Prayuth, loyalty and mutiny

29 07 2011

Prachatai has a story that confirms the decidedly odd position taken by Army boss General Prayuth Chan-ocha. While the story doesn’t necessarily tell PPT readers anything stunningly new, it does confirm that Prayuth believes the monarchy and Army are untouchable and that loyalty to the monarchy is the essence of a definition he has of “Thainess.”

When talking to young secondary school students at propaganda campaign called “Love of the Land Songs,” Prayuth stated: “I have always said that we must not doubt loyalty. If anyone does, he or she is not Thai. So Thais must not doubt loyalty because we were born with this word, and we will die with it, no matter what…”.

This statement is almost Vajiravudhian in its statement of the links between Thainess and monarchy. But King Vajiravudh generally evidenced a reasonably educated opinion, whereas Prayuth seems simplistically demanding and mouthing a propaganda position that has been fixed for decades. Congruent with this reign, he is also reinforcing the Army’s proclaimed position as the guardian of the right-wing conception of Thainess.

Prayuth proclaimed that “he was moved when hearing the songs as they described the graciousness which His Majesty the King had been giving to Thailand, and seeing the young people perform the songs with determination in their eyes.” He added that he “felt relieved that Thailand still had a future with these young people…”. Prayuth proclaims a belief that the monarchy gives its all to Thailand. Of course, he ignores all that they take from the Thai taxpayer and the fact that the monarchy gives less than it takes.

For Prayuth, the message is simplistic: the monarchy is “a pride which is in the hearts of all Thai people. So it will be unacceptable if anyone violates or harms the institution…”. He means unacceptable to him and his Army. One can only wonder what this means for the millions of Thais who now question both military and monarchy.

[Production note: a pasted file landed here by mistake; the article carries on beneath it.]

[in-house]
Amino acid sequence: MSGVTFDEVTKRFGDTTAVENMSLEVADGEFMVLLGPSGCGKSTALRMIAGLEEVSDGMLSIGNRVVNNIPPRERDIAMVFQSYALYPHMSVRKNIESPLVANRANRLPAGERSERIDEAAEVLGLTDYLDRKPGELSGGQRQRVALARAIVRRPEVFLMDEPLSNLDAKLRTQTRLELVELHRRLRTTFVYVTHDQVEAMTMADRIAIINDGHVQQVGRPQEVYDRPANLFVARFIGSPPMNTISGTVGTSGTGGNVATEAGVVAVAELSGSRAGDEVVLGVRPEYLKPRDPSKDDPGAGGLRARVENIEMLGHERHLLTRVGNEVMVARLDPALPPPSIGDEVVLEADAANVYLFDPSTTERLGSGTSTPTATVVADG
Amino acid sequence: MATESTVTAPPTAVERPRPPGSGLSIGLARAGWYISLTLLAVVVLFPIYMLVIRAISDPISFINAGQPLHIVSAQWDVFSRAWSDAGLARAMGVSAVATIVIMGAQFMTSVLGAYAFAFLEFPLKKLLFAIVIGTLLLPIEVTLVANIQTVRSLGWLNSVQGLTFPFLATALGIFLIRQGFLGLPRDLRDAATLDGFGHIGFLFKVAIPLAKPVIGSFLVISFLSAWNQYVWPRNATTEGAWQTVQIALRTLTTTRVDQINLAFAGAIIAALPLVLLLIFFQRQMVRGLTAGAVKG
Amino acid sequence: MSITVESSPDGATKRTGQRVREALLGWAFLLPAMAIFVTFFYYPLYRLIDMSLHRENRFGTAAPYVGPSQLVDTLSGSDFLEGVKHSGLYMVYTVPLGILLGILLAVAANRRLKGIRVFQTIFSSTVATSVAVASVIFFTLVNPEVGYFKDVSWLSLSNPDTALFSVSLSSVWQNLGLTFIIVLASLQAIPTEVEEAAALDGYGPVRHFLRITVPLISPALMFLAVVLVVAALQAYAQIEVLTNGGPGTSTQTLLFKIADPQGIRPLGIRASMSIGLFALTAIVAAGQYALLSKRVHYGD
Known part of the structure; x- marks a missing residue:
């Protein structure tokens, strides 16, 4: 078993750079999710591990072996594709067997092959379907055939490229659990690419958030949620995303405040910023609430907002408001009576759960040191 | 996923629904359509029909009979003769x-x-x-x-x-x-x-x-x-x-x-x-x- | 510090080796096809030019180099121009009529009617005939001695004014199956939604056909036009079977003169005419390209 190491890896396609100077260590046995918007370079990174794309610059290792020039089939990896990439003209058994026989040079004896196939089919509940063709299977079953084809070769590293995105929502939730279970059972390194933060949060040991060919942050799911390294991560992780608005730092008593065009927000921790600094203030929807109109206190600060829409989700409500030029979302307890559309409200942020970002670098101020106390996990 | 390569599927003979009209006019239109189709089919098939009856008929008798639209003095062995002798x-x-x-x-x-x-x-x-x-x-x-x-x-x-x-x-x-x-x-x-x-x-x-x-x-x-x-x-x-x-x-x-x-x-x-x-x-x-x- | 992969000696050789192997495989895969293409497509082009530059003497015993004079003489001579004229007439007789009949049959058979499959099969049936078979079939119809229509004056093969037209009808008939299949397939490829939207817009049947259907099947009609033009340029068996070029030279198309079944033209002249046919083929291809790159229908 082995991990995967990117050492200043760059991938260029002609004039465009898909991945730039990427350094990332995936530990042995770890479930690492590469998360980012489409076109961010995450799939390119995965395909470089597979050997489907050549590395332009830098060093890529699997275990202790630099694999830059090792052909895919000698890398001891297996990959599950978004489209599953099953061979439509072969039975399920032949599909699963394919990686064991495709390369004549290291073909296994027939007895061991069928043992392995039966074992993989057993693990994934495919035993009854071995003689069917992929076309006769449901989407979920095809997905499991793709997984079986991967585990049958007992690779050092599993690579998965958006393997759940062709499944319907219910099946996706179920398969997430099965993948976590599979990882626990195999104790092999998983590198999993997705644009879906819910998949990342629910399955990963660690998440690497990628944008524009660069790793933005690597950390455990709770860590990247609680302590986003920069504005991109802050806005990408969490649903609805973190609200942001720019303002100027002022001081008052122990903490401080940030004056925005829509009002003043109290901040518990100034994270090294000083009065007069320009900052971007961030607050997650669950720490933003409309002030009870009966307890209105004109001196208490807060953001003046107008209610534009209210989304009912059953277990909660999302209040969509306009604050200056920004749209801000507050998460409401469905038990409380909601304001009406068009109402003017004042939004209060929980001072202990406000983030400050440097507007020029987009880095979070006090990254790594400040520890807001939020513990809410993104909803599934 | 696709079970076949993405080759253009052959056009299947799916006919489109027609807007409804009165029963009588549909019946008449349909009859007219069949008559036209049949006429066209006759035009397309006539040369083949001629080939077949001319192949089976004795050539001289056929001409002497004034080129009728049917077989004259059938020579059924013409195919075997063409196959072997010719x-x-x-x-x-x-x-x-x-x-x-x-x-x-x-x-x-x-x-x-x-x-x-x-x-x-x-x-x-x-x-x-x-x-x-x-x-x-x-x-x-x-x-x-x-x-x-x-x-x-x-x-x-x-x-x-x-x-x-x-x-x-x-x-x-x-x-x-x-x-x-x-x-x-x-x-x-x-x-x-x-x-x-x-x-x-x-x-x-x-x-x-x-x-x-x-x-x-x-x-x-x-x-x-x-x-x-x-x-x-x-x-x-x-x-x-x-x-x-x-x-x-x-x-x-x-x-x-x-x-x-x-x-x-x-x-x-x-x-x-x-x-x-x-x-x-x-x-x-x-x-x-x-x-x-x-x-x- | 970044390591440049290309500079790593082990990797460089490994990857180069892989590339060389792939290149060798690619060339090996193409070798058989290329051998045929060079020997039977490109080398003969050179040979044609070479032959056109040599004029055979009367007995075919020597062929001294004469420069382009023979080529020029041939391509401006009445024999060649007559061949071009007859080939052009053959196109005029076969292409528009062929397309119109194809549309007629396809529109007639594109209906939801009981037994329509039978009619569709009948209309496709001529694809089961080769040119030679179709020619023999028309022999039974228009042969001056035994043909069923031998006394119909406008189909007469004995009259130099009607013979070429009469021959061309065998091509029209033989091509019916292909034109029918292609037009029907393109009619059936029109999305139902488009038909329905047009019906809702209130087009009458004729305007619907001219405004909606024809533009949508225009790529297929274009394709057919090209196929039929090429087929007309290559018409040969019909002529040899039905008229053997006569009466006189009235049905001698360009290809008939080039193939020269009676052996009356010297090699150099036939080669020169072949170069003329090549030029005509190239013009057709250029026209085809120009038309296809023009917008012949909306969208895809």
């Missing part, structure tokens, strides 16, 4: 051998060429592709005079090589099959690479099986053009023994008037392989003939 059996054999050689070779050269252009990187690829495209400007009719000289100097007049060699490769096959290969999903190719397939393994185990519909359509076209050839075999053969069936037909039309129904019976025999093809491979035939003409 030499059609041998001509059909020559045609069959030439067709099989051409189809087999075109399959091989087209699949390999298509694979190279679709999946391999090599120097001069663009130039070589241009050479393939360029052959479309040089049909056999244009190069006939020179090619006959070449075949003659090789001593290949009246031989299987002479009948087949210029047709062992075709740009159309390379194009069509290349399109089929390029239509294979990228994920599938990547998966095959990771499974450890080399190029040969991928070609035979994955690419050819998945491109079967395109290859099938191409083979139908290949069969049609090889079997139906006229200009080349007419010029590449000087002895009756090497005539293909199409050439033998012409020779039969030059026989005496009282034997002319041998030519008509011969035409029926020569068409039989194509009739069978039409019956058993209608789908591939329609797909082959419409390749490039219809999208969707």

Apparently all misty of eye, Prayuth goes on and declares: “What I’ve always thought and want to let everybody know is that whenever you can’t figure things out, you can turn to look at His Majesty’s picture, and you will know what to do. When you see the tiredness, smiles and drops of sweat of His Majesty, you will know what you have to do. How much His Majesty has done!  How devoted His Majesty has been! So, please do things with your heart and loyalty, and be confident that what you do is right…”.

Sure, this is all propaganda, but there is a hint that Prayuth is more than a little invested in this ideology of the monarchy. You can imagine him as a general with a chest full of medals shouting his loyalty to the Beloved Leader in North Korea. As would be the case in that dictatorship, Prayuth’s view is that there is “[o]nly one thing which can unite us all is the monarchy. So we have to unite the hearts and minds of the people to hold on to the monarchy…”.

But he also reveals in this statement that he is fearful that his right-wing world of military and monarchy is crumbling. He states: “Now don’t put too much blame on the soldiers. We’re ready to do our best. Please give moral support to the soldiers. Sometimes I appear on TV looking a little bit tough, but it’s normal. This is a role of a leader of an organization. I have to protect the reputation and dignity of the army over my own life. This is what has been instilled [in soldiers].  No one can touch the army. I make it my duty to protect it. I apologize if I’ve been a bit ferocious.” In fact, making this statement is an act of mutiny (yet again) as Prayuth again refuses to make Thailand’s military subordinate to any government.

While Prayuth proclaims, “I’m gentle and innocuous man…”, he is anything but innocuous. He’s a dangerous right-wing ideologue, trying to protect the twin institutions of an authoritarian past. While their time is gone, those at the top of both are scrambling to prevent the decline. We think they are misguided, but that doesn’t mean they won’t manipulate, scheme and undermine those who want to move Thailand into the modern world.


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29 07 2011
CPJ on Somyos and lese majeste | Political Prisoners in Thailand

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